It's not always possible to examine a ring in person—that's why you'll need to learn how to identify fake Super Bowl ring listings online. Here are some methods to try:

  • Paperwork Trail: Follow the trail to find where and when the ring was manufactured. If your seller isn't the original owner, they should know who was—and they should display that information publicly. This not only guarantees the ring's source, but it also prevents you from buying a stolen or lost ring.
  • Seller: Do a bit of background research on the seller. See if they've been involved in any reported cases of fraud in the past. If so, avoid them at all costs—no matter how good the deal may appear. If you're using a site like eBay, make sure the seller has a clean, legitimate history of selling on the platform.
  • Typos: Legitimate Super Bowl rings sell for thousands of dollars—their listings won't have typos or grammar mistakes. Scammers worldwide attempt to counterfeit these rings, and they often aren't fluent in the English language—this leads them to make basic grammar errors.

Where Are Fake Super Bowl Rings Sold?

Fake Super Bowl rings are often sold on e-commerce platforms and through local listings. Here's a list of common places you'll find these fakes:

  • eBay
  • Amazon
  • Etsy
  • Auction sites
  • Social media ads
  • Fake websites

Keep in mind that legitimate sellers use these sites to sell authentic Super Bowl rings, too. However, it can be challenging to differentiate the real rings from the fakes. Below, we've outlined a few techniques you can use to spot the difference.

What to Do If You Purchased a Counterfeit Super Bowl Ring?

Discovered you purchased a counterfeit Super Bowl ring? Here's what to do.

  1. Contact the seller: Contact the seller or auction house where you purchased the ring and demand a refund. Any legitimate seller will want to protect their reputation, and they'll work with you to find justice.
  2. Report to the FBI: If you can't make contact with the seller, or they refuse to refund your purchase, contact the police. The police have dealt with high-end counterfeit cases like this for decades, and they'll know the proper procedure for returning your money.
  3. Reach out to the platform: If you purchased through an e-commerce website like Amazon, eBay, or Etsy, contact the platform or site to let them know about the situation. Many of these websites have protections in place to refund your purchase and prevent future theft.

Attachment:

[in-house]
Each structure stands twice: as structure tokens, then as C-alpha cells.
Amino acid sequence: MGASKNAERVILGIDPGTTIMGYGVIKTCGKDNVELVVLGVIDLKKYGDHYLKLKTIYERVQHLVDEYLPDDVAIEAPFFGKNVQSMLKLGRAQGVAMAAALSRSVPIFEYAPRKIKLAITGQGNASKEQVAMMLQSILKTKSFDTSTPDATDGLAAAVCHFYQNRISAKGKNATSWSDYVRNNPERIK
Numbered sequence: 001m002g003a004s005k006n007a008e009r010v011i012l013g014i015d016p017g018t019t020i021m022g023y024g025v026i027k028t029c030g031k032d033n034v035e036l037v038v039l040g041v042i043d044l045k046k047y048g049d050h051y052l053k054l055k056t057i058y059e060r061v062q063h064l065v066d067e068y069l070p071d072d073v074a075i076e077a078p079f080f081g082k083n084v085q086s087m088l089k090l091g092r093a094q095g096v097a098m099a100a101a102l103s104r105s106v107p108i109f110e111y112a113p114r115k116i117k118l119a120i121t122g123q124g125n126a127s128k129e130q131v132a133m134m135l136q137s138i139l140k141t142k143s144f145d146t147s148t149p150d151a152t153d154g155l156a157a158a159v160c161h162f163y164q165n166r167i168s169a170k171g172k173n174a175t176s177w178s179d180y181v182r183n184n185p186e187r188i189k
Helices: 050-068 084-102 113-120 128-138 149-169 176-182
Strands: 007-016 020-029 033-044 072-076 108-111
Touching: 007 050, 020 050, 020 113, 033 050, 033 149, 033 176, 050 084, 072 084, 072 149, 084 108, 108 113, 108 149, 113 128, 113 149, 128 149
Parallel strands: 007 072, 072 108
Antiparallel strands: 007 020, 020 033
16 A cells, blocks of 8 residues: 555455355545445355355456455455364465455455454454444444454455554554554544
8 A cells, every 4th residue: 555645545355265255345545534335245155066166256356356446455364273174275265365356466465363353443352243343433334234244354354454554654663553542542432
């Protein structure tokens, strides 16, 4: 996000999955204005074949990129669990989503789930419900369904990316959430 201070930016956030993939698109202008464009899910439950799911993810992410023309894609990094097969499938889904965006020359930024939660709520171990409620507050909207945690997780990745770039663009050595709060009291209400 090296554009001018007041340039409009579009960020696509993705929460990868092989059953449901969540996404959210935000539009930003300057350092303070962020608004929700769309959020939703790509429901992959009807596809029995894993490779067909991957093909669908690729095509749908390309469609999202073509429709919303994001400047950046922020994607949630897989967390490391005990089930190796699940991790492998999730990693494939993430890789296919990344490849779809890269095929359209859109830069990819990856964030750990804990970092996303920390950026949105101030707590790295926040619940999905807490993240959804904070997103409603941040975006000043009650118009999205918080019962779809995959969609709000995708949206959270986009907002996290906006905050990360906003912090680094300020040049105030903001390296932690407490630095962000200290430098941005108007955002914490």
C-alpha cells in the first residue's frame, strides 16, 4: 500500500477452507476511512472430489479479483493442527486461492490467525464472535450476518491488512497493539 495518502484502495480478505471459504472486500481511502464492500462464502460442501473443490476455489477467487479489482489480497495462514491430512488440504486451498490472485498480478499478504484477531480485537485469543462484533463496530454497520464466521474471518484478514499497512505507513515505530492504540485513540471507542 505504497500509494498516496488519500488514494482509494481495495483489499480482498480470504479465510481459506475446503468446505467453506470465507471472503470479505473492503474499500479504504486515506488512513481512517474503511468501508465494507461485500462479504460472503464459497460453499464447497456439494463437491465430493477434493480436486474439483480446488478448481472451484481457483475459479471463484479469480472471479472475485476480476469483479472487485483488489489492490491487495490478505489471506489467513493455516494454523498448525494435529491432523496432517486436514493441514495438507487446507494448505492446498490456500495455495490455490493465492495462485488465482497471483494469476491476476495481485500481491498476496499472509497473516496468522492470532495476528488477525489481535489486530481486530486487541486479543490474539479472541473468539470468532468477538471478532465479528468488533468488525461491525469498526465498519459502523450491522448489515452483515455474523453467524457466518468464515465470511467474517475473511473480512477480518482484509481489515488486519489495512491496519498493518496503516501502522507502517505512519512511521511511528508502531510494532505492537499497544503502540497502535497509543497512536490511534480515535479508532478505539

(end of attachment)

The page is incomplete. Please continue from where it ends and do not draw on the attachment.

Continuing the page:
4. Contact your bank or financial institution: Contact the bank or credit card company you used to make the purchase. If you discovered the mistake early on, then you may be able to cancel the transaction before it's finished processing.

Where to Buy Real Super Bowl Rings

You can find real Super Bowl rings on eBay, auction houses, and auction websites. You'll need to do your due diligence to ensure you're not getting scammed because scammers use these locations to sell fakes, too. Remember, follow the paper trail. Any legitimate seller should be able to show you the purchasing trail from them back to the manufacturer.

Frequently Asked Questions

How much is a Super Bowl ring worth?

Real Super Bowl Rings can be worth $10,000 to $200,000—it all depends on several circumstances. For example, if the ring was printed as a sample or if no player received the ring, its value would be lower. Also, bigger players have bigger hands, and bigger hands require bigger rings—this can also increase the Super Bowl ring's value.

How do you spot a fake Super Bowl ring?

To spot a fake Super Bowl ring, pay special attention to the price, the quality of the materials, and the product details. You can also look for red flags in the online listing. You'll need to use a combination of these tactics (and hopefully an expert's eye) to differentiate fakes from the real deal.

Where can I buy a genuine Super Bowl ring?

You can usually find genuine Super Bowl rings on eBay, at live auctions, and on auction websites. Be careful when buying from eBay and other online auction sites as you may encounter fakes.